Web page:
child is being determined.
    [emphasis added]
    (Approved by the Office of Management and
    Budget under control number 1820–0030)
    (Authority: 20 U.S.C. 1401(8), 1412(a)(1)).
  3. Martie

    Martie Moderator


    If I were you, before I write the certified letter, I would go over the IEP very carefully and figure out EXACTLY what you think is not being done. Then the trick is to prove it. If your child is 100% one-on-one, then it is fairly easily because unless one of the three aides is devoted solely to your child, then there is no way the IEP is being carried out as written.

    IEPs can be a real pain for staff (yes, I did write that) if a parent gets a SMART IEP and then follows up on monitoring all the details.

    For example: unlike for mildly disabled students, "specials" should have goals. It is a good question what those goals are and what progress is being made toward meeting them. Obviously, if the child is not there, no progress is being made. However, it may be easier to show, "no progress," than no attendance UNTIL you can get the specials teachers in an IEP meeting and ask each to describe your child's progress in reference to specific goals, what she likes about the class, any problems, etc. Stressed teachers have been known to blurt out, "I've never seen your child," in these situations rather than stick to the agreed upon lie.

    My main point is make your letter of complaint highly specific in reference to the written IEP rather than a generalized complaint about lack of staff. As unfair as it sounds, you cannot complain on behalf of the other children: All you can do is note deficiencies in implementation of your child's IEP. Since the squeaky wheel gets the grease, it is not beyond my imagination that a child of a less informed parent will lose out because you win for your daughter. in my opinion the solution here is to educate the other parent, NOT for you to back down and accept less than was written into your child's IEP.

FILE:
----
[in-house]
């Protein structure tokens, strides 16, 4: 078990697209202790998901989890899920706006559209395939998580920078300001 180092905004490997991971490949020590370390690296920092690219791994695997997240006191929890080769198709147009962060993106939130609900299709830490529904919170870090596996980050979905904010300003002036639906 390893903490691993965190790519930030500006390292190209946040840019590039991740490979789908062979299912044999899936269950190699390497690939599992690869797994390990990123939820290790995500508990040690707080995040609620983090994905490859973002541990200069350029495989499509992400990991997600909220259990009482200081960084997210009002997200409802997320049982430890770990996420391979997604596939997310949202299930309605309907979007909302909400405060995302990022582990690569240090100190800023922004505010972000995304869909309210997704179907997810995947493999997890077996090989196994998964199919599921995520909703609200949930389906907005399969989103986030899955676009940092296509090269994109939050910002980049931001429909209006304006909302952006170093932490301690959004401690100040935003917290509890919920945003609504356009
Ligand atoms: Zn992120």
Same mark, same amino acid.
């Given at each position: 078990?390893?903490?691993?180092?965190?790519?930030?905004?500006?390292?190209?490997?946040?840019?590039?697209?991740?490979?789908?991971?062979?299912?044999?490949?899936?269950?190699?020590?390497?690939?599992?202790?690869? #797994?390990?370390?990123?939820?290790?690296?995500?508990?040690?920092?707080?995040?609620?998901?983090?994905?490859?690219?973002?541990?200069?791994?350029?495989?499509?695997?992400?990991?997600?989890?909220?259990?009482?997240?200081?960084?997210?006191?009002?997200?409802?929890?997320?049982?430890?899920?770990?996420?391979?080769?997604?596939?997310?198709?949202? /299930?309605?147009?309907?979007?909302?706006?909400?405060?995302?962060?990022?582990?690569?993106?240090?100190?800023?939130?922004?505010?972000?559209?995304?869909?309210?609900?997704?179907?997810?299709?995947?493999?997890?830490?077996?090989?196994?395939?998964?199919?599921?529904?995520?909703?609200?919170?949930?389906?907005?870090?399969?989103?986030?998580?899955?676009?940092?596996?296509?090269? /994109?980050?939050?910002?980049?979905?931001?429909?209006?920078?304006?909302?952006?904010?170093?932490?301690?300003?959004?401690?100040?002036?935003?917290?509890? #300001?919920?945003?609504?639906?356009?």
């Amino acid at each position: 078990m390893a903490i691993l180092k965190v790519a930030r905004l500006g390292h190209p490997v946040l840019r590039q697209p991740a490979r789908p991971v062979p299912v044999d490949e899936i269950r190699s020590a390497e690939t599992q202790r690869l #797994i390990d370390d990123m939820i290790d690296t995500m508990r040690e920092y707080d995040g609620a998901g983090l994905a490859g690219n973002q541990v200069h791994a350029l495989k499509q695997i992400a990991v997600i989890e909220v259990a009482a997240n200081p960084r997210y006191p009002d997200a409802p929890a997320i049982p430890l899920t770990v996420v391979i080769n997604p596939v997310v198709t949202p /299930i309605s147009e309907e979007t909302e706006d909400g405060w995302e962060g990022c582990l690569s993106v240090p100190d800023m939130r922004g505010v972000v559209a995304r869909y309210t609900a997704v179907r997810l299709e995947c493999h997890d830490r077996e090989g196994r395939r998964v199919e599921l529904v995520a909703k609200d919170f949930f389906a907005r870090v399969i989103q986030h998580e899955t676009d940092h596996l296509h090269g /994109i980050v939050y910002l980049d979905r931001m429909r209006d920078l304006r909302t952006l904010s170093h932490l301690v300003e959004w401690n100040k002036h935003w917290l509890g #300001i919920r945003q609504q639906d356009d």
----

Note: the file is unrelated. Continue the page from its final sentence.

Be prepared at subsequent IEP meetings for the staff to collectively try to decide your daughter needs "less" to bring what they are offering in line with their resources, not your daughter's individual needs. The way to respond to this is to ask for objective progress monitoring (not teacher opinion) in regard to the level at which the goals are met. If your daughter is not meeting stated goals, then it is unlikely that there is any valid reason to reduce services.


  4. TennesseePrincess

    TennesseePrincess New Member

    Thank You for your input!!!

    We had our meeting, and was informed by the SPED director that my daughter's IEP does not have 1:1 in it. EVen though clearly there a places were is says one on one staff or one on one assistance. Hmmmmmm...interesting.

    I told him, "but it does say one on one in her IEP." His response is that ,"no its not. And we can't offer it."

    The teacher offered us to try a one on two for specials and see how it goes. I signed the IEP, and feel now that I shouldn't have. But also figure I can call an IEP anytime.

    Out of frustration I have contacted our local Senator, who is now going to have the Dept. of Education look into the matter and see what assistance is available.

    I am feeling frustrated and overwhelmed at this point, and feel that the only way they are going to understand is for me to play hardball with them.